Note the Ran vs. the Rosh on each of the 9 cases.

The Rosh has an interesting edition of לא יפר in the mishnah.

On Rav Sheshes’s point, see the Tosafos in Sotah 6a that is referenced on the side of the amud.

Note that יורה כחץ is an allegation of infertility, not impotence; the gemara was familiar with the medical concept of male infertility, although the case here ascribes it to mechanical malfunction rather than something more subtle.

R’ Akiva Eiger refers you to an interesting Tosafos in Shabbos 110a on the dietary habits of snakes.

I should also note, though, that our gemara might be read to indicate that snakes automatically poison that which they eat, through a toxin on their fangs. This is actually subject to a machlokes in Sanhedrin 78a.

The last Ran is important in understanding whether these final stories are examples of extraordinary leniency, or simply a reduction of בעל נפש chumra concerns.

Next installment: Nazir

Tuesday, March 11, 2008

Without an Endgame, Mercaz haRav will happen again

Gd forbid, but I have to say it. Mercaz haRav will happen again, and we – the Religious Zionist camp – will share the blame. We haven't planned ahead, we haven't offered an Endgame strategy.

Crying and shouting and wailing is mourning, it's not a strategy.
Cliché sloganeering isn't a strategy, either.
Holding on for Mashiach is quite pious, but it's costing us a lot of blood. (Or are we trying to empty the Guf faster? Does that count as a strategy?)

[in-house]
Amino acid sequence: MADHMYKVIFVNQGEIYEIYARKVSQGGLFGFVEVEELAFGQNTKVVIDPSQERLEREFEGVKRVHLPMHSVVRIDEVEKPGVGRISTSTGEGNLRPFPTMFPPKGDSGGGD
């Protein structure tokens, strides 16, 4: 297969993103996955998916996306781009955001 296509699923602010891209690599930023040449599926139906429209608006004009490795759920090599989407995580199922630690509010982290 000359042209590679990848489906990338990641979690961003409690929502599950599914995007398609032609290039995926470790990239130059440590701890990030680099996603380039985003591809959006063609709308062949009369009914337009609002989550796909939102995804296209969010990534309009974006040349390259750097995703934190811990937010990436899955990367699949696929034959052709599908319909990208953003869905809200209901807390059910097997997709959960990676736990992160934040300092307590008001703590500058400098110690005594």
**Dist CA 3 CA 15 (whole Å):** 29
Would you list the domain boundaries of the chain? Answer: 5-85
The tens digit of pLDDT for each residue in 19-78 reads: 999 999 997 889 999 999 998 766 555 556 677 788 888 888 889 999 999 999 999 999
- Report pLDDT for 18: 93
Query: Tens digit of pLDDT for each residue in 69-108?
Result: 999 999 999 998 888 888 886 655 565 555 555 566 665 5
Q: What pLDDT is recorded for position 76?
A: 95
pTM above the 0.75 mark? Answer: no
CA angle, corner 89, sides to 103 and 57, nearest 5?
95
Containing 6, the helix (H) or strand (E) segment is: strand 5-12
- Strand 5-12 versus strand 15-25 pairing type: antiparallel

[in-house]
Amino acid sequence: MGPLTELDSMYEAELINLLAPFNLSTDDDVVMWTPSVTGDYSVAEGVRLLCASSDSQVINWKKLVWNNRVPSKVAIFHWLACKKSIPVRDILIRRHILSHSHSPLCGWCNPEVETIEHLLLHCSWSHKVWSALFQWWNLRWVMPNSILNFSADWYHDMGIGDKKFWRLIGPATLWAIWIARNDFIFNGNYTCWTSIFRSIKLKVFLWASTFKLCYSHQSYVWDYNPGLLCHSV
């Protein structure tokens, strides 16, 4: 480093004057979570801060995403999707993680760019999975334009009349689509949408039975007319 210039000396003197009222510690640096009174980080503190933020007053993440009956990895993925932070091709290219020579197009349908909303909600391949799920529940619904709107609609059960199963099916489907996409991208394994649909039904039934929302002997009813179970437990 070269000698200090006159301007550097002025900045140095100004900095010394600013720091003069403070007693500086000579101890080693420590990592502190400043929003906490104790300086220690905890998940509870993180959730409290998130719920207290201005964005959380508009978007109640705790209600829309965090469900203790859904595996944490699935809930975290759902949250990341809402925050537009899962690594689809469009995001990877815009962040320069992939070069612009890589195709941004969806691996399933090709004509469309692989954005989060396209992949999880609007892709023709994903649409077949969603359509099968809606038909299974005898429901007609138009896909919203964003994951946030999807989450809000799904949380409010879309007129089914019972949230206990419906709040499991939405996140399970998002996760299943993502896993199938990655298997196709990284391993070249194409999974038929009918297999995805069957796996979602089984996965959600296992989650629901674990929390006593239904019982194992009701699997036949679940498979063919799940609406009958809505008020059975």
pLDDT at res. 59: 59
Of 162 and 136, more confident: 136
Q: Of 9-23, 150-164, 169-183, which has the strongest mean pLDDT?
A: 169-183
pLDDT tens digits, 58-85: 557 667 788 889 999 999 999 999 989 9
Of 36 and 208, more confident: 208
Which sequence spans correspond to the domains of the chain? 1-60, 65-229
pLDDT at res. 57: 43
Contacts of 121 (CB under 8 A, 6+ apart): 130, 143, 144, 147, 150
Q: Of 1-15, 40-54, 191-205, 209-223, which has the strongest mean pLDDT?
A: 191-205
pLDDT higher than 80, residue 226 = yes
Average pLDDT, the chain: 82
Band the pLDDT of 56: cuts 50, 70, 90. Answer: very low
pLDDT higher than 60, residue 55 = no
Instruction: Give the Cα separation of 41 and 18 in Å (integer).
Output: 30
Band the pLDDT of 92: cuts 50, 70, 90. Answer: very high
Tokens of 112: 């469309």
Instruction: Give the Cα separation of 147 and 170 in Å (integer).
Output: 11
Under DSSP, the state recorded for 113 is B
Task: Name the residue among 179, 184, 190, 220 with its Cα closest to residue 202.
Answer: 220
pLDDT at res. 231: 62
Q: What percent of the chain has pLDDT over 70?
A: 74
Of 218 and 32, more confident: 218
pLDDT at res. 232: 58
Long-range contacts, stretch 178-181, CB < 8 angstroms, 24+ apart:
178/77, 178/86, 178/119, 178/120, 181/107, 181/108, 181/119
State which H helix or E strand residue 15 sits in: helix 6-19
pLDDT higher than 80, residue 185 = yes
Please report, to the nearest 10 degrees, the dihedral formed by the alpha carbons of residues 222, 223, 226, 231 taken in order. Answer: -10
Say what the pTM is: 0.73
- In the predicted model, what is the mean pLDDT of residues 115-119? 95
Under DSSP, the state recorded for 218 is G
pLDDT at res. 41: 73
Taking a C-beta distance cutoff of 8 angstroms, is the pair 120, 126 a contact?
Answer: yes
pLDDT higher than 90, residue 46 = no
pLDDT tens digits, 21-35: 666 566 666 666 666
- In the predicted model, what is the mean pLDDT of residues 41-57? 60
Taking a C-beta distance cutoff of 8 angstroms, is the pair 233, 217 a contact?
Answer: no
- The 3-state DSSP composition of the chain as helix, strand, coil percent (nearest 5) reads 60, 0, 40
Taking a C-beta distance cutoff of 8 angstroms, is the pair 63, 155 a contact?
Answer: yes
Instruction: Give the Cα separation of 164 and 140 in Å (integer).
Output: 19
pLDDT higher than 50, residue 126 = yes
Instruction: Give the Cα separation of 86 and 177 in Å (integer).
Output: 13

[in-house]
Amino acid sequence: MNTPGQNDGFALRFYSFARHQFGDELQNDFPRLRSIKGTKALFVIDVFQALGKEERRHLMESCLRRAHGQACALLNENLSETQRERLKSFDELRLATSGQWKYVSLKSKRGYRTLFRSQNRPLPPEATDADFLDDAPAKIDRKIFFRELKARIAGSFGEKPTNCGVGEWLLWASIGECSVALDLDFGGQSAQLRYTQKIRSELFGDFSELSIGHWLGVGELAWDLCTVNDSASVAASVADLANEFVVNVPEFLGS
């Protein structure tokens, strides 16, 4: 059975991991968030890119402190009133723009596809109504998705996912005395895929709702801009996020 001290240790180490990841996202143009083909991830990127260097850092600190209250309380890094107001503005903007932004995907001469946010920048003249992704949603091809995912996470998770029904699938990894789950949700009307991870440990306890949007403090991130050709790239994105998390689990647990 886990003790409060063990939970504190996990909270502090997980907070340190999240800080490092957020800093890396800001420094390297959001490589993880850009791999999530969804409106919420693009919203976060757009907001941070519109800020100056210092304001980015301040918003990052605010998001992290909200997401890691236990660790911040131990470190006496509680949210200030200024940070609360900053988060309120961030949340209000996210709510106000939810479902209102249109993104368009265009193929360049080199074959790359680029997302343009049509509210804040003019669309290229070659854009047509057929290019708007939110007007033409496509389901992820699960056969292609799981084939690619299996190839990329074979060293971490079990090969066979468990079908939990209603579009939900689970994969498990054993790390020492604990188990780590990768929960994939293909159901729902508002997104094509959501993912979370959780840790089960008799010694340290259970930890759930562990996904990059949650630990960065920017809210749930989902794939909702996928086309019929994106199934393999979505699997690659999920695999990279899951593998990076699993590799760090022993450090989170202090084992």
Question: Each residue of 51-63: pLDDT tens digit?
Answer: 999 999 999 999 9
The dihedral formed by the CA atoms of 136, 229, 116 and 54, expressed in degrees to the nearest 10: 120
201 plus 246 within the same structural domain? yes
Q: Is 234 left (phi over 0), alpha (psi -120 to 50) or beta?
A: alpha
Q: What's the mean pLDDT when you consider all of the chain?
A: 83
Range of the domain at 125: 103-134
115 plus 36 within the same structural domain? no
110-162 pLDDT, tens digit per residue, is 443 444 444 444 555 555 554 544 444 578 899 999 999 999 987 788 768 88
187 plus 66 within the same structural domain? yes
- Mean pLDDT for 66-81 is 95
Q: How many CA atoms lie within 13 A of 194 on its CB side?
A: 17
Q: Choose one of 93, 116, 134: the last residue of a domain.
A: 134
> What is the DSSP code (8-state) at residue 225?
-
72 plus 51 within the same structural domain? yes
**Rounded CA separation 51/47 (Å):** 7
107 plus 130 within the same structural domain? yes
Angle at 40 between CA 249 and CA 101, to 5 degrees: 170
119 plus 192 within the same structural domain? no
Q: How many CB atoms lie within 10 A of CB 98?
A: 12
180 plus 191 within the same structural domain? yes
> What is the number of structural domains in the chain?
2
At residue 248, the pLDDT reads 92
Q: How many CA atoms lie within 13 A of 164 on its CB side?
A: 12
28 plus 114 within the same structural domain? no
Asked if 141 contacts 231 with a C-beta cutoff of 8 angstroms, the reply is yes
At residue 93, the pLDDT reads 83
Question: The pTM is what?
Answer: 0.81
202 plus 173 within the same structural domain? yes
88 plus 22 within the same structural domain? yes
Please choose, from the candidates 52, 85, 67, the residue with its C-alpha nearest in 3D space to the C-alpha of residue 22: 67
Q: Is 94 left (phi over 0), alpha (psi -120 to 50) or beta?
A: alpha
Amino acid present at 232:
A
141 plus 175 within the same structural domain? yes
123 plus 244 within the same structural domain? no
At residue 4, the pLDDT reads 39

Chest-thumping insistence that we should transfer the lot of 'em? Not a chance.

So while we righteously reject Olmert's deal-with-the-devil compromises, we don't offer a reasonable alternative. Which means that one of two things must happen, short of deus ex machina:
1) Olmert or some successor maneuvers to victory, or
2) The stalemate with the Arab world continues, bringing with it more Mercaz haRav massacres.
That's it – we haven't provided any other possibility.

So I wish some party would emerge with a compromise I could support. Not a compromise that hides betrayal, a la Olmert's tippy-toe-toward-Jerusalem, maybe-no-one-will-notice approach, but a real package deal that we could accept... and that they, those murderous, bloodthirsty terrorists, could accept as well.

Yes, they have to accept it, too. Consider the options: Outright war isn't going to happen, transfer isn't going to happen, and the Arabs aren't about to give up and walk away. Generations of terrorists have grown up in camps because Jordan, Syria, Egypt and Lebanon have insisted that they must do so. Those products of the camps have dehumanized us in their minds, because it's easier than blaming themselves. So they have no problem trying to kill us.

That situation isn't about to vanish. We need a deal that all parties can accept.